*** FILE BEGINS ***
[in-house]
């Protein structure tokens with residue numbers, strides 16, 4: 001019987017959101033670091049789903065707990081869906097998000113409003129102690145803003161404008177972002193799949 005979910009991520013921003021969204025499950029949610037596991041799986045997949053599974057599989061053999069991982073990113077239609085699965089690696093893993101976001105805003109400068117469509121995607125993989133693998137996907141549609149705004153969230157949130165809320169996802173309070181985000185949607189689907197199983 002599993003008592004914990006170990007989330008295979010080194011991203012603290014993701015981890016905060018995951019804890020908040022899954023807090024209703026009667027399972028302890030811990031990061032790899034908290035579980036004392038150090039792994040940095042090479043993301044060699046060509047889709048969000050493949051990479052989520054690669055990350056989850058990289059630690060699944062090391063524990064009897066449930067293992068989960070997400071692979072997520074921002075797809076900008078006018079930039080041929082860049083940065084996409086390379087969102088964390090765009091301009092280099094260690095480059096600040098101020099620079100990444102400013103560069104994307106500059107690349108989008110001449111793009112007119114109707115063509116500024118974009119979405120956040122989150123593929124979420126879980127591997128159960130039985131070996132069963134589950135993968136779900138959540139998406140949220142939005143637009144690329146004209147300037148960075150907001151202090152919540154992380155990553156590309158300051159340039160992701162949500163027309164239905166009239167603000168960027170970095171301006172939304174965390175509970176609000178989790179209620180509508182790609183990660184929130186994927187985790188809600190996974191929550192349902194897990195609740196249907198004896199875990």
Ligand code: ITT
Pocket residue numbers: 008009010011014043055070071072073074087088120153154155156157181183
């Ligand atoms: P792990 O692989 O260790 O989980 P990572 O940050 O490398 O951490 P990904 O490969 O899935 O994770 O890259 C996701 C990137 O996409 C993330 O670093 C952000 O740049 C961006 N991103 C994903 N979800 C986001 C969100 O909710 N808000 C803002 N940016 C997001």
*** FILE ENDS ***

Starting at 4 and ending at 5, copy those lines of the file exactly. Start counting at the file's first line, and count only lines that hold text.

Pocket residue numbers: 008009010011014043055070071072073074087088120153154155156157181183
């Ligand atoms: P792990 O692989 O260790 O989980 P990572 O940050 O490398 O951490 P990904 O490969 O899935 O994770 O890259 C996701 C990137 O996409 C993330 O670093 C952000 O740049 C961006 N991103 C994903 N979800 C986001 C969100 O909710 N808000 C803002 N940016 C997001």